ODYSSEA glider monitoring marine life and pollutants deployed off the Moroccan coast

The EU-funded ODYSSEA project’s Moroccan partner the Association for Integrated Management of Resources (AGIR) launched a SeaExplorer glider in early November 2020, to monitor marine life and pollutants, including micro-plastics, as part of ODYSSEA’s Al-Hoceima observatory.

The glider was developed by French ODYSSEA-partner ALSEAMAR, and carries three sets of state-of-the-art sensors, designed to optimise monitoring capacity and give, for the first time, detailed, real-time information on climate change, water temperature, salinity, dissolved oxygen, turbidity, chlorophyll-a and CDOM concentration, along with micro-plastic particles pollution, over the whole water column off the coast of Morocco’s Al-Hoceima National Park. The glider crossed the Alboran Sea moving towards Spain through a strong gyre system developed by in the area by the inflowing Atlantic Water.

“For the first time measuring microplastics at sea in real time with the microplastic sensor integrated into the glider developed under the project, which dived today to the depth of 700 m off Al Hoceima , in Morocco,” commented ODYSSEA project coordinator Prof. Georgios Sylaios of the Democritus University of Thrace.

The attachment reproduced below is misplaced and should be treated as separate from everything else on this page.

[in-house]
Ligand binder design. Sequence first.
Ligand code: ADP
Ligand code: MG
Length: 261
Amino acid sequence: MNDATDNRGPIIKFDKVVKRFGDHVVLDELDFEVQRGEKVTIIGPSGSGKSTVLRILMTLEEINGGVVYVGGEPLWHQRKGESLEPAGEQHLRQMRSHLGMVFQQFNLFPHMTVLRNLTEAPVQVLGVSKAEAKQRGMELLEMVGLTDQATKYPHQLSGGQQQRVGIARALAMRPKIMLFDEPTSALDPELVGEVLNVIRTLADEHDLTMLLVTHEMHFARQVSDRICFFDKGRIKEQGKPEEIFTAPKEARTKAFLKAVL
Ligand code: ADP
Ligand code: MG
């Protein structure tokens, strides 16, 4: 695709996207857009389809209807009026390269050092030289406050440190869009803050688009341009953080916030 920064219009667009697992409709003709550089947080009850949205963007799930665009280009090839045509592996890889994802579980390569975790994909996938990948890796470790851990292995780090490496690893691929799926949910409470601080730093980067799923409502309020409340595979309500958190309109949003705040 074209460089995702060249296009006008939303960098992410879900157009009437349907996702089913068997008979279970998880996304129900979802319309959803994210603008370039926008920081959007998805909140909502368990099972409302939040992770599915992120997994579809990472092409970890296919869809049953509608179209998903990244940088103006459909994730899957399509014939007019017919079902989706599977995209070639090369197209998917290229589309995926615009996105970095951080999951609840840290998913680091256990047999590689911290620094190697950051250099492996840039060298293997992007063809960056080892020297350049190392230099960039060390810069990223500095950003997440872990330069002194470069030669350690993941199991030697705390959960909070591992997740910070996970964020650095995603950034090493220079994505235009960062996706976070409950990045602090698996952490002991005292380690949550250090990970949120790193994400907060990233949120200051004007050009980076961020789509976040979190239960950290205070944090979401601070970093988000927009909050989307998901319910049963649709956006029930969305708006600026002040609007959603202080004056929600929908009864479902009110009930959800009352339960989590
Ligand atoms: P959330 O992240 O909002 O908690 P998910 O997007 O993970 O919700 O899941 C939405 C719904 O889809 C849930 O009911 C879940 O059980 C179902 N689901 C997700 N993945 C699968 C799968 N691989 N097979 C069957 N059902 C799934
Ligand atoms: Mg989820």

“After the Thracian Sea, where sampling was successfully completed and we barely caught the lockdown, it’s our Moroccan partners’ turn to use the equipment and contribute to Mediterranean environmental monitoring,” he added. “This pioneering operation will provide, for the first time, a wealth of information that will contribute to fill the data gap of the international oceanographic community about the Moroccan coastal and open sea waters in the Mediterranean.”

AGIR chairman Houssine Nibani commented that “this operation will enable Morocco to document and map the physico-chemical properties of the sea in Al-Hoceima in terms of phytoplankton, organic matter and water column dynamics together with the effect of Atlantic water entering the Med producing eddies in the broader region, and provide input for Environmental Protection Studies (EPS).”

Nibani was interviewed by Moroccan media as part of its coverage of the landmark event.

AGIR noted that the ODYSSEA project’s aims include facilitating services for the use of local communities involving marine tourism, fishing, aquaculture, and sea transportation, with the aim of fostering development of the local blue economy.

The Abdelmalek EsSaadi University’s National School of Applied Sciences at Al-Hoceima, the Department of Water and Forests, and the National Marine Fishing Research Institute are also important partners in establishing and running ODYSSEA’s Al-Hoceima observatory.